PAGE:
Fear of Whistleblowers Grows Among China’s Leaders

March 12, 2015 Updated: March 31, 2018

The Chinese regime is growing more concerned about whistleblowers, particularly within its military. It has launched a broad campaign to reiterate and strengthen what are mainly existing laws to prevent information from leaking out.

A revised version of the Chinese regime’s Military Grassroots Construction Guidelines was released on Feb. 4 by the Central Military Commission (CMC). The military security revisions come in light of the updated Counterespionage Law released last Fall.

In a recent report from Peter Mattis of The Jamestown Foundation, he notes the new guidelines highlight the Chinese regime’s and its military’s concerns around foreign espionage, leaks, and risks of information getting out through cell phones and Internet access.

“Taken in context, the CMC regulations and their measures for curbing security leaks are part of a broader campaign that reflects China’s insecurity,” Mattis states.

The Chinese regime has reason to fear leaks. In the United States, Edward Snowden has been making headlines around the world with stolen documents about the NSA’s spying programs. Leaks from China would be much different than just news about spying on citizens, going by the bit of information that has made it out.

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For example, the Chinese regime’s military is involved in the black market trade of human organs, often taken from prisoners of conscience—in large numbers from Falun Gong practitioners, but also from Tibetans, Uighurs, and Christians.

Jiang Yanyong, the 80-year-old former military surgeon who exposed the Chinese regime’s SARS cover-up in 2003, told Hong Kong’s Cable TV on March 6 that military hospitals are harvesting organs from prisoners, often while the victims are still alive.

A former Chinese hospital intern recently came forward in Canada and exposed similar black market operations being run by the Chinese regime’s military. He told Epoch Times in detail how he and other military doctors removed the kidneys, eyeballs, and other organs from a male prisoner who was not even 18 years old.

Ultimately, these guidelines reflect the continuing insecurity of a China that, prior to Reform and Opening, once shut down foreign espionage.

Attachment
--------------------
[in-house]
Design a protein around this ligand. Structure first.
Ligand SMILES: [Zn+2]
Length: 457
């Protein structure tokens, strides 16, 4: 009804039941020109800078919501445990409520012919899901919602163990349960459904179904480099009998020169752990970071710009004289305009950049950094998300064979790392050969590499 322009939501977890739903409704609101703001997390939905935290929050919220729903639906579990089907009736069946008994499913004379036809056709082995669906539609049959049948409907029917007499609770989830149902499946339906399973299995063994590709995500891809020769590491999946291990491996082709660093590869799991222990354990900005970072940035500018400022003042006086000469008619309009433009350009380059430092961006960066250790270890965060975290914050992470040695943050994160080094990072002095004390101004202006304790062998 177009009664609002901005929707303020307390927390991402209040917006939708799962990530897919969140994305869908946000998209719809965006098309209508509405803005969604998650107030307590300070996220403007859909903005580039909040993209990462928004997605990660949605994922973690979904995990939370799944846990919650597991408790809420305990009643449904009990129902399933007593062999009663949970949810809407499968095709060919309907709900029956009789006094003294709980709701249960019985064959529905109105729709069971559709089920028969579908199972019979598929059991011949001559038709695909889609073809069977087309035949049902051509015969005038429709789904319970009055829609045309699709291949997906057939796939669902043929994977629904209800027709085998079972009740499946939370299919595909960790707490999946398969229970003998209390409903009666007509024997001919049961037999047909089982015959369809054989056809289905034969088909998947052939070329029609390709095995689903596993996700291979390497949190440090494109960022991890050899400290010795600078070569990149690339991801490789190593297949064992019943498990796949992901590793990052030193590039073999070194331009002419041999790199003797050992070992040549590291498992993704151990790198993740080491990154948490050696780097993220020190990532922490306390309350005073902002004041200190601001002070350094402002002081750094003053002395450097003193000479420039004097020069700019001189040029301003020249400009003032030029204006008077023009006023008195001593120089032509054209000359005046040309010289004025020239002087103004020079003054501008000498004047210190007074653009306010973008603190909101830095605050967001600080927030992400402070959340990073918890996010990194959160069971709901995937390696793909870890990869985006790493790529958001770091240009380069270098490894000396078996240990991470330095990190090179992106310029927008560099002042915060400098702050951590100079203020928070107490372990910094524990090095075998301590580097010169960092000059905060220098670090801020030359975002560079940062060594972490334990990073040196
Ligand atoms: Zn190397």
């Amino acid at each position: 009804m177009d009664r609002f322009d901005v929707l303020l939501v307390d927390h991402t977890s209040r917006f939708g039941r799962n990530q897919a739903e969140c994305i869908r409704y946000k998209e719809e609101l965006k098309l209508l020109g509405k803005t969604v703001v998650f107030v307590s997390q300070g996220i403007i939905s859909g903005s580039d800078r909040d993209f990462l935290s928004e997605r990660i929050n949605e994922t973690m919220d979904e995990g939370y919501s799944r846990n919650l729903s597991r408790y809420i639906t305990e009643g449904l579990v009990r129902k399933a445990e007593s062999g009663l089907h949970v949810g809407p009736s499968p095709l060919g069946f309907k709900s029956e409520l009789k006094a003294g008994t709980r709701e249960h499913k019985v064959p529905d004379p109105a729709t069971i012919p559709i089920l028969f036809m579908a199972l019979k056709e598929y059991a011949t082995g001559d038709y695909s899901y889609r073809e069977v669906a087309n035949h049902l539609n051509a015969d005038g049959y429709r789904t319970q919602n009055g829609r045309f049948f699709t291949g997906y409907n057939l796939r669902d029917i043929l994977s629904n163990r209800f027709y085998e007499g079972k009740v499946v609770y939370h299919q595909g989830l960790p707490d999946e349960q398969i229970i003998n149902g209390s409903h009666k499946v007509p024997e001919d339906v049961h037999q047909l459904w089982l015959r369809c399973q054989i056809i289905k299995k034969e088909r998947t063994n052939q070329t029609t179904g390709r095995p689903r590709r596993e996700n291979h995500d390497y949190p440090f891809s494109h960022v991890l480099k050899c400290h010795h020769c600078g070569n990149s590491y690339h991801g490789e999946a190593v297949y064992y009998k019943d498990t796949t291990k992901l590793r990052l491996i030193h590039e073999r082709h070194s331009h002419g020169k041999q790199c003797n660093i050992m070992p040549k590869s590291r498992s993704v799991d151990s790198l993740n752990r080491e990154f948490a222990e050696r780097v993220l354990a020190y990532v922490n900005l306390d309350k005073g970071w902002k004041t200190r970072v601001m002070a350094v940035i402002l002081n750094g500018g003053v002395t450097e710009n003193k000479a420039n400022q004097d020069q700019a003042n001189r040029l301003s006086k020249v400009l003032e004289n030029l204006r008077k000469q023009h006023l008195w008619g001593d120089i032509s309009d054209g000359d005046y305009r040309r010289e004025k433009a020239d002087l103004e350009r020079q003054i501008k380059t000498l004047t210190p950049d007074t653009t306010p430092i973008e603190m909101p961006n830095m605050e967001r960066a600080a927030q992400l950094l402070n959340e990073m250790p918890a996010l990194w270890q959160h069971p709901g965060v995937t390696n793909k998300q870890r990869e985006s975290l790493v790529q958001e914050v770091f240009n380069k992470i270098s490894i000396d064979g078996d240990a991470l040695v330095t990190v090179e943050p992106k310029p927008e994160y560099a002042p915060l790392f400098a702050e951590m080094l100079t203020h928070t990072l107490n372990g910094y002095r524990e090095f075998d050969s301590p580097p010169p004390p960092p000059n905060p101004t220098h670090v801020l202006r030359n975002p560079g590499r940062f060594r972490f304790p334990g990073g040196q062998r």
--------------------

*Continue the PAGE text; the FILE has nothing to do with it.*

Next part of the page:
— Peter Mattis, The Jamestown Foundation

Of course, the Chinese regime’s revised laws are likely not just about covering up its human rights abuses. It’s also about keeping a tight lid on its military programs, in general.

Just several days after passing the revised security laws, the Chinese regime announced it arrested two individuals for selling photos of China’s Liaoning aircraft carrier to what it says were foreign spies.

Veiled Insecurity

What’s particularly interesting about the new espionage laws in China, according to the report from The Jamestown Foundation, is that despite all the hype from Party leaders and state-run press, the laws don’t really introduce anything new.

The revisions and reiteration of the laws, according to the report, “suggests China’s counterintelligence authorities are seeing a lot of disconcerting behavior by Chinese civilian and military officials or hostile activity that they cannot explain or trace back to leaks.”

“Ultimately, these guidelines reflect the continuing insecurity of a China that, prior to Reform and Opening, once shut down foreign espionage,” it states, noting that in the years since the former Chinese leader Deng Xiaoping opened China to the rest of the world, just after the 1989 Tiananmen Square Massacre, China “has faced foreign intelligence services increasingly capable of accessing China’s secrets.”

The revised Military Grassroots Construction Guidelines include a few changes meant to dissuade or prevent dissent.

One revision is a reminder about the Chinese regime’s tight control over electronics, and if put into practice could deeply affect its operations. The report says the Chinese Military Commission wants greater control over, “if not outright bans of,” cellular phones, Internet access, and outside contact using electronics while stationed.

Another revision is for basic morale. The Chinese regime is trying to discourage soldiers from getting pushed over the edge by banning military officers from using corporal punishment on soldiers, “encroaching their interests,” and banning them from assigning soldiers with personal tasks or bribing the officers.

It also reiterates the requirements for psychological evaluations in background checks.

To help enforce the new focus, the Chinese regime has accompanied the revisions with a propaganda campaign focused on counterespionage. While the programs themselves are more focused on whistleblowers and internal leaks, the state-run media has been trumpeting it with propaganda about combating foreign spies.

“In many ways, Beijing’s concern with espionage cannot be separated from the larger context of the Party’s concern with ideological subversion,” states the report.

Recently, the Chinese regime has been launching a broader campaign meant to strengthen the rule of the Communist Party and has validated this by labeling Western thought as foreign threats. The report states, Chinese leaders recently named “Western-style constitutionalism, universal values, and neo-liberal economics as threats to the regime that required the Party to reassert ideological dominance.”

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